Eight Weeks

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It’s July 11 and we’re in Saratoga.

Designed as an August excursion before global warming, it’s now a July gig with global warming. Thursday morning was hot, like Adrian Cronauer hot. By Thursday afternoon, it was a deluge, one of those Saratoga storms that conjure up other Saratoga storms (Little Current/Holding Pattern, Birdstone’s Travers, Hurricane Irene…). And, yes, they have cancelled in the past. Tom Law just walked in the office, drenched. “Epic rain.” Admittedly, these are first-world problems, being in Saratoga and dealing with the weather and an added week. We’ll power through.

For those who recognized a good thing and moved here, it’s just another week with houseguests. For those of us who don’t live here, it’s another week of being houseguests, tourists, out of our routine, away from our pillars, our rocks (Annie! Sam! Miles! Ryan! Jack! Nolan! Katie!).

But as always, there are positives and negatives. Good and bad. And, of course, an occasional ugly.

You decide.

My Virginia garden booms with tomatoes, blackberries, cucumbers, carrots, red beets, chard and a few volunteer pumpkins (no telling when they go orange) and other plants I don’t recognize and certainly didn’t plant. Leaving it Tuesday was like walking out of the movie right before the best scene, the birds and I competed for ripe raspberries and blackberries. The garden has been left to Miles and Annie, they don’t see the garden the same way I see the garden. It’s my sanctuary – ‘wow, look what’s growing here.’ It’s their confusion – ‘are these tomatoes in the beets?’ If you’re driving down Snake Hill Road in Middleburg, I know of a good “Pick your Own” patch behind the green bank barn. Bring a basket. Help yourself.

Rents have gone up. Tolerance could go down.

Eight weeks is hardest on the children, well, it’s hardest on the parents who miss the children, miss their rituals with their children. The Tour de France is already on stage 6. For Miles and me, no Cavendish, no Sagan, no arduous climbs, no harrowing descents, no joy of seeing those crazy life-size clocks the French design in wheat fields and lawns. We’ve watched the first week of the tour and then talked about the second week for Miles’ entire life. I’ll miss Miles’ grandfather’s service in Birmingham, a year after his death, it’s a Greek thing. I won’t be able to drop Miles off or pick him up or help him recite lines for Hill School’s version of Annie at theatre camp, it starts Monday. Worse, I won’t watch him perform. We won’t watch the Baseball Hall of Fame induction. Smoothies and egg surprises with fresh herbs from the garden will have to wait another week. And his books, oh, I’ll miss hearing about the plot twists and the irony in the dozen books he reads from now until then.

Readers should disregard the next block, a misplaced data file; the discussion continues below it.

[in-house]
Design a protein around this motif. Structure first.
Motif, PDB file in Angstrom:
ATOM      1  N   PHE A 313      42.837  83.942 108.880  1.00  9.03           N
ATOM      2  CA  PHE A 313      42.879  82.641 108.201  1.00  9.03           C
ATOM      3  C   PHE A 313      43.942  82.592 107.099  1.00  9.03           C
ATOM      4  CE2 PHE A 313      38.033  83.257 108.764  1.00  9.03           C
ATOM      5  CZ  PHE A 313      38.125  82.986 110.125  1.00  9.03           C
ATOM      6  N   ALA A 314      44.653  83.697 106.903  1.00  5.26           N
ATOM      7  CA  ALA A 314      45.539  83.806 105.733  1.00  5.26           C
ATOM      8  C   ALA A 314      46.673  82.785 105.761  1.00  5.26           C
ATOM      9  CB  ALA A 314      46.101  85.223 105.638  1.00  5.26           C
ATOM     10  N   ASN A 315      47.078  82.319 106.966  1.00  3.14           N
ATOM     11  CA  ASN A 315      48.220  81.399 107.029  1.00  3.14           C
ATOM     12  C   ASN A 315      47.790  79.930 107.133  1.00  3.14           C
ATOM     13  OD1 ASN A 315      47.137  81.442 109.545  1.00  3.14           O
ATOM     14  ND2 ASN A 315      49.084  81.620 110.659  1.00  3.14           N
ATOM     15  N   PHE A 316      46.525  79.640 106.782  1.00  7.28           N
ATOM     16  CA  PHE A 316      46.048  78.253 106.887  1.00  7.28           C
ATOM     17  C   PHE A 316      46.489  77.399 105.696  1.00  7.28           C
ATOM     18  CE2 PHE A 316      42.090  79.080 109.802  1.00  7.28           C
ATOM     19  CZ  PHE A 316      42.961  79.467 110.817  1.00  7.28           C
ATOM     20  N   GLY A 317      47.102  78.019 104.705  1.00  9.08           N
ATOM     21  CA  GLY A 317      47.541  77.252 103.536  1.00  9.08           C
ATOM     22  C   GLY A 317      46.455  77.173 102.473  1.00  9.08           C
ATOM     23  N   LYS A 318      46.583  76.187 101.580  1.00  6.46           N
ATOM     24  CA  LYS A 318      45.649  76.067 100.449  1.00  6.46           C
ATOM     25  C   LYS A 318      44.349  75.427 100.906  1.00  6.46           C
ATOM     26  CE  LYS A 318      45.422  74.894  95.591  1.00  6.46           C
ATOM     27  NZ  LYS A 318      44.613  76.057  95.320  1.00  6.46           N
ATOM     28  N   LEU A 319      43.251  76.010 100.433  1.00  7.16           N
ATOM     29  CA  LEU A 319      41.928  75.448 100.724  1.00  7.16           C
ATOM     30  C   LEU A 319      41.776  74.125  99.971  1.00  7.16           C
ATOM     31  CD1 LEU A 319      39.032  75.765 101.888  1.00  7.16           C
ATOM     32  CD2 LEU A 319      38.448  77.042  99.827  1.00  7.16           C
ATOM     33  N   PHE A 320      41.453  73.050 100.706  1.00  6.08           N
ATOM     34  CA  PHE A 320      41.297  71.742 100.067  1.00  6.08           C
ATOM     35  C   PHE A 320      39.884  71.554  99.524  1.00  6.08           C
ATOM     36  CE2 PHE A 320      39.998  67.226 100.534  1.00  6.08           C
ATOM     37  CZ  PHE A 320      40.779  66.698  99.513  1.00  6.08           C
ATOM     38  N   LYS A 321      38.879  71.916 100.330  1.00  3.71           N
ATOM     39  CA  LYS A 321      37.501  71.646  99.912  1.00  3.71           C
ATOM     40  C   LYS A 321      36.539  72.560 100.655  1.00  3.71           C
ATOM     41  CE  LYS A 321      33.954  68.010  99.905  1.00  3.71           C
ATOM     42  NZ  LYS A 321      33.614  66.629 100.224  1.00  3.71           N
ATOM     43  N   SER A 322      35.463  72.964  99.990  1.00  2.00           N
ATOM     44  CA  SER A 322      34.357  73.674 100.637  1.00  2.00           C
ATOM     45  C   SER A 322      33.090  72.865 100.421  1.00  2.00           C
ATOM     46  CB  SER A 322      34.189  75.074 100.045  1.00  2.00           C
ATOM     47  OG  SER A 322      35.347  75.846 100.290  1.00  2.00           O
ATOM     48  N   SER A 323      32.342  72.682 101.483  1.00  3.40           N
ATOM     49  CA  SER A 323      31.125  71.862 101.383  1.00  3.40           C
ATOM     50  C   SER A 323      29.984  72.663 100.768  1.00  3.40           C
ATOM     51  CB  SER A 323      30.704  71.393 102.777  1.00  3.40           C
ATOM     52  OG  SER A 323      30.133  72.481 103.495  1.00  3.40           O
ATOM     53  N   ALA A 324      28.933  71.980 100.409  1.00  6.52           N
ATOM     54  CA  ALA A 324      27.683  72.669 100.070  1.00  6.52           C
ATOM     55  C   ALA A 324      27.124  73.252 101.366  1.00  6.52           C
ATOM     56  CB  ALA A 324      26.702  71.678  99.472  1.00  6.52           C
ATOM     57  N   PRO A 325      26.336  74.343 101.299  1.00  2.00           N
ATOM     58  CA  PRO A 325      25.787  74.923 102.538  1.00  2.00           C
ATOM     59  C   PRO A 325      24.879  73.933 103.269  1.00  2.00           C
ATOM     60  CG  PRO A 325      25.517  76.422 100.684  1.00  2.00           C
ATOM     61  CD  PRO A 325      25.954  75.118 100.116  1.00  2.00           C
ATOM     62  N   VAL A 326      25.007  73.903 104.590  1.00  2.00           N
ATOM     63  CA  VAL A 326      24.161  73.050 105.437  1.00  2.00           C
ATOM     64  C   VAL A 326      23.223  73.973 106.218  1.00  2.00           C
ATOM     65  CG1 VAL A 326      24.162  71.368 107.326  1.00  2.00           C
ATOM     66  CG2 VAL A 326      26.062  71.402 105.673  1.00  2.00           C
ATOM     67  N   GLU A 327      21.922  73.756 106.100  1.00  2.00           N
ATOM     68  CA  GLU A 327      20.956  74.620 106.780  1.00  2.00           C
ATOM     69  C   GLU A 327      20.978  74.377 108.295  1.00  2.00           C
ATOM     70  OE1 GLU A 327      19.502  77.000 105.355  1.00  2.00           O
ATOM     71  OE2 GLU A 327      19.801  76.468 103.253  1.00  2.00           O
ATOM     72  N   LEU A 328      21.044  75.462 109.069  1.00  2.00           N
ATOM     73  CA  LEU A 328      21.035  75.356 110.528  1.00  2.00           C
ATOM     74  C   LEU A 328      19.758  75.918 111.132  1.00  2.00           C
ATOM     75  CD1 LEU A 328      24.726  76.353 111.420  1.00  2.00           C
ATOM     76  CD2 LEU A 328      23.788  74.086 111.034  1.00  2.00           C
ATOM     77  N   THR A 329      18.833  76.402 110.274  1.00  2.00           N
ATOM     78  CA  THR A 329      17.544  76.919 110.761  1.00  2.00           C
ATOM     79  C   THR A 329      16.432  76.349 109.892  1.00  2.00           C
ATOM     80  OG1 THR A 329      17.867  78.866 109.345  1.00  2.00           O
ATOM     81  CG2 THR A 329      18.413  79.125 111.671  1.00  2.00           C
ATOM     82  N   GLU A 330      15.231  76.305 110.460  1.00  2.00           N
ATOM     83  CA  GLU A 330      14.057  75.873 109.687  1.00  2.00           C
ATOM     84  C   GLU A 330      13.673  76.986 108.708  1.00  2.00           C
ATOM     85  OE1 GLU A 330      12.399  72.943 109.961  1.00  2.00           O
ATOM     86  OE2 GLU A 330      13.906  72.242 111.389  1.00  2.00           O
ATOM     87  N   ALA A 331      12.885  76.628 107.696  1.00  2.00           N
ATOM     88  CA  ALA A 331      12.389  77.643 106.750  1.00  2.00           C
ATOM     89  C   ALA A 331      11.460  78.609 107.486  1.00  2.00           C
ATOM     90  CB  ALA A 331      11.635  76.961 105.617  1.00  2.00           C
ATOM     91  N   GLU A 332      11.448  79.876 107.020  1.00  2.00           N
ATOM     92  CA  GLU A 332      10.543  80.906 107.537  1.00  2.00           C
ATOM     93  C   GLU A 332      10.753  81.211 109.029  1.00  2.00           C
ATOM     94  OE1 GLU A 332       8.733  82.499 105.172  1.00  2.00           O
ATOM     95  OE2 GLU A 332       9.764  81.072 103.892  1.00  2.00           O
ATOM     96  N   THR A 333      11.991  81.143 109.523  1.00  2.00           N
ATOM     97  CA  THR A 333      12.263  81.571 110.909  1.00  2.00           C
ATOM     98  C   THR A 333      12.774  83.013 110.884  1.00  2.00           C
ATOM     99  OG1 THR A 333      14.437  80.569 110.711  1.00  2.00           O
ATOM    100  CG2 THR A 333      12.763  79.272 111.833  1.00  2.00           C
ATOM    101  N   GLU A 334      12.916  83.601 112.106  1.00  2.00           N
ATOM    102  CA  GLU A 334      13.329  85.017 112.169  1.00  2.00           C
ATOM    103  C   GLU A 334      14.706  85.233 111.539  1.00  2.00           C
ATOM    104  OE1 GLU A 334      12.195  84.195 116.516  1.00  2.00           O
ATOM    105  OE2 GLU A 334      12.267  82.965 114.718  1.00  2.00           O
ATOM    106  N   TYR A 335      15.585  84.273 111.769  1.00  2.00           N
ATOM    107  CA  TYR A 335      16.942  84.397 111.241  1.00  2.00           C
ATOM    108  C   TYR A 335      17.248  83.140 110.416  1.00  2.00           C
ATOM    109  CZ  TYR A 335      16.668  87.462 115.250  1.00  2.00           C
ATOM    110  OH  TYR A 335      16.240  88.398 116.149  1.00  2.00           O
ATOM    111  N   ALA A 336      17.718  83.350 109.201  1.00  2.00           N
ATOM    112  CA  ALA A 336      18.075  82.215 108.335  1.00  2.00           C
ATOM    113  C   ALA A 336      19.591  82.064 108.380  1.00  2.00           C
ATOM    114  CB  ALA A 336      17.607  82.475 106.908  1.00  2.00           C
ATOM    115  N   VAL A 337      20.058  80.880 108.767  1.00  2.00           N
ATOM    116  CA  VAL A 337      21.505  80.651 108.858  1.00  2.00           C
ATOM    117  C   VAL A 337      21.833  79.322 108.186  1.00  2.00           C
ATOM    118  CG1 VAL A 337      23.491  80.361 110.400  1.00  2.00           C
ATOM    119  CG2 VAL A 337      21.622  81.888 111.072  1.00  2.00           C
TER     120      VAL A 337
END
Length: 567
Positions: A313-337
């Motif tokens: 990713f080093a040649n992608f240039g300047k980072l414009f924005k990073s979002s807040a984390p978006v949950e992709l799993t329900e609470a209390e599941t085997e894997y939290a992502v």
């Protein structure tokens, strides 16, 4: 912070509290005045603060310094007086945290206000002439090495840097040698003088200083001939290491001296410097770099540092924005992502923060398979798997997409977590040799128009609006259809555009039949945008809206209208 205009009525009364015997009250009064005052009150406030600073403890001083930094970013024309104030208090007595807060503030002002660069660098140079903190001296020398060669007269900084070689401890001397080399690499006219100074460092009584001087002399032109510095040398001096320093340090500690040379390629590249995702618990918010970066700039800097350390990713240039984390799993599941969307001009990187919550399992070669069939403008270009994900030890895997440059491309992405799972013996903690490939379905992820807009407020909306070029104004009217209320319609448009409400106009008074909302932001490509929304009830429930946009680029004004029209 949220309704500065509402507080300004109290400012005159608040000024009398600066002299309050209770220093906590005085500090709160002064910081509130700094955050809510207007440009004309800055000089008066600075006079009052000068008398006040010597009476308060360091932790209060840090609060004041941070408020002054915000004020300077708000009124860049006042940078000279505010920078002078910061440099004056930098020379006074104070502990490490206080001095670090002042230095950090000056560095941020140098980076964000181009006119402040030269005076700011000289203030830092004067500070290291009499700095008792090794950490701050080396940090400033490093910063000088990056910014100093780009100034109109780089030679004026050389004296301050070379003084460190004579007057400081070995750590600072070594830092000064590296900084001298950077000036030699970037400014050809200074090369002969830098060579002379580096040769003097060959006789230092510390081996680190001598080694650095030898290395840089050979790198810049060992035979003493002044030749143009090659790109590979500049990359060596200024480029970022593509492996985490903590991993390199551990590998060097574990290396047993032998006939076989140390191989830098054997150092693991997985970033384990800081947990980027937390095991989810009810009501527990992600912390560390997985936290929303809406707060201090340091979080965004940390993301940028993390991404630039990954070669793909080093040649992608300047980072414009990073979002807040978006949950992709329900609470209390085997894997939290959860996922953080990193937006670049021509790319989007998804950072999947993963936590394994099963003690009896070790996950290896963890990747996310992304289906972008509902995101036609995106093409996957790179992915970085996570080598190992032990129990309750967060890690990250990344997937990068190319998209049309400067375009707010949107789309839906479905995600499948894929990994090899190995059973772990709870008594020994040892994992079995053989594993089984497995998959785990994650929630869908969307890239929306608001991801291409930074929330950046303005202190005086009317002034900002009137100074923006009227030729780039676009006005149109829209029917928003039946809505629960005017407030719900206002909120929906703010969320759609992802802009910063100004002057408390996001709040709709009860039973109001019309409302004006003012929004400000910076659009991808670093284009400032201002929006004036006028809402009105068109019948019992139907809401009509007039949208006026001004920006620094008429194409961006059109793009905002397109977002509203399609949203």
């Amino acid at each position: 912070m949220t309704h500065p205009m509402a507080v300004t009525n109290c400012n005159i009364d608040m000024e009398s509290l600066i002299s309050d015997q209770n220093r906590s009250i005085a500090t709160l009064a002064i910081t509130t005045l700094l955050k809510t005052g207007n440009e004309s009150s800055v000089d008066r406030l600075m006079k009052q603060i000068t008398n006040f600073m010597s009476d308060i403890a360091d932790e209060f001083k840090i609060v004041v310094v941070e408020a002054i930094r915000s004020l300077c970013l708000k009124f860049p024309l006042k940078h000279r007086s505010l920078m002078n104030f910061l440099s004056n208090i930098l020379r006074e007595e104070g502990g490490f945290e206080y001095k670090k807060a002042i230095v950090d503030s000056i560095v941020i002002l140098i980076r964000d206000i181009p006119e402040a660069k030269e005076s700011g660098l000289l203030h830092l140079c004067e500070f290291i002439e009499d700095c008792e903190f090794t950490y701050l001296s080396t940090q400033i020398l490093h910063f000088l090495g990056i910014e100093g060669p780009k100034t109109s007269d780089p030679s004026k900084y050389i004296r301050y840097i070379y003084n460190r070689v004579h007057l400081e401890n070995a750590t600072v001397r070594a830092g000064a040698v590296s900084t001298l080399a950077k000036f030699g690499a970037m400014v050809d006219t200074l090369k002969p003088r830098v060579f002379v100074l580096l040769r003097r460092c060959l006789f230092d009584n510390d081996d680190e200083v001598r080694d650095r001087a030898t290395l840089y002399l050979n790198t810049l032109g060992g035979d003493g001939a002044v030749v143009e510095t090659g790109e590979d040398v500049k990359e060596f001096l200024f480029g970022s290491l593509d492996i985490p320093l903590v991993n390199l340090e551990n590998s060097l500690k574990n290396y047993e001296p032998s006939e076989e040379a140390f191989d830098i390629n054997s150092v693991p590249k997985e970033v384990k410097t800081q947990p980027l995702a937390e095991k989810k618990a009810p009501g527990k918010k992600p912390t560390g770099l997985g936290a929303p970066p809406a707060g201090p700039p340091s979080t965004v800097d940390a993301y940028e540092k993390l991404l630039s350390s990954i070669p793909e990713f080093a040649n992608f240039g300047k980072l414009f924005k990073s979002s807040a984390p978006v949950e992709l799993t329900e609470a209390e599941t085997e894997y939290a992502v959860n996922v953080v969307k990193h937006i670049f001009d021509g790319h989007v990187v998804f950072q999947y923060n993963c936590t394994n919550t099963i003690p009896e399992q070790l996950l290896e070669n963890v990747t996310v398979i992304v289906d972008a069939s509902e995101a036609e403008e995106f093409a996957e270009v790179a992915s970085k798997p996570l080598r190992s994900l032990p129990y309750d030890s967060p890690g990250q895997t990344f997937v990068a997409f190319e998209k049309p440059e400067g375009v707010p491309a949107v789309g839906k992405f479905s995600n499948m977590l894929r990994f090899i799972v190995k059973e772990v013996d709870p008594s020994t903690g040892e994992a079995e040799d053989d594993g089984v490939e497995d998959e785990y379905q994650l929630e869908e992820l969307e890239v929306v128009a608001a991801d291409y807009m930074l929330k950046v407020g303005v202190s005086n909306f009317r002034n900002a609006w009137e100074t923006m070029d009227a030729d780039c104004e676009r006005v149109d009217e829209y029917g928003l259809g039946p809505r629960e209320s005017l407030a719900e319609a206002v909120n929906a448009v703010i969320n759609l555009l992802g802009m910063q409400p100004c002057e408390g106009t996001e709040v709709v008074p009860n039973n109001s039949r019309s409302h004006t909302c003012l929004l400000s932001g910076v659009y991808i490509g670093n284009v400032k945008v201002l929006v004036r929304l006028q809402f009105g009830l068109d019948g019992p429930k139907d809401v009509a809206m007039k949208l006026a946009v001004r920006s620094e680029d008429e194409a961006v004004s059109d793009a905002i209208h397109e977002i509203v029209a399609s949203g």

Five more deadlines. Five more columns. Five more issues.

A couple of more trips to Four Seasons Natural Foods, for better or for worse. Another week of pizza, for better or for worse. Perhaps, two more sessions at Henry Street Taproom, for better or for worse. Another couple of dark days to somehow clear our schedules to spend an afternoon on Rich Cristiano’s boat, for better, if it happens and for worse, if we fumble it again like last year. Another week of shows at Caffe Lena, anybody want to catch Cindy Cashdollar, Bella Fleck or The The Band Band (that’s not a typo)?

Another round of Mig stories.

A couple of more chances to run, not conquer, the five-mile trail in the state park. Another 5K with the Saratoga Stryders? Tom has booked Joe and me for the Boilermaker, yeah, the Boilermaker Road Race in Utica Sunday, as Tom says, “It’s just three 5Ks.” I haven’t run three 5Ks in a year, much less three in a row. We were safely at home when Tom’s annual assault on the Boilermaker happened in the past, offering our enthusiasm and our best, ‘Man, that would be great, wish we were up there…’ Well wishes come true. It will feel like a death wish.

Two haircuts.

A chance to get those Hall of Fame autographs that we haven’t been able to secure so far, where’s Ramon when you need him? Another week of visitors, you know the ones who come to Saratoga for two days and play their get-out-of-jail-free cards and expect you to be right there with them. An extra week, more importantly an extra dark day every week to get to Cooperstown, Woodstock, the alpine slide or that funny farmer’s market in Vermont.

Another week of stories. Another week of memories.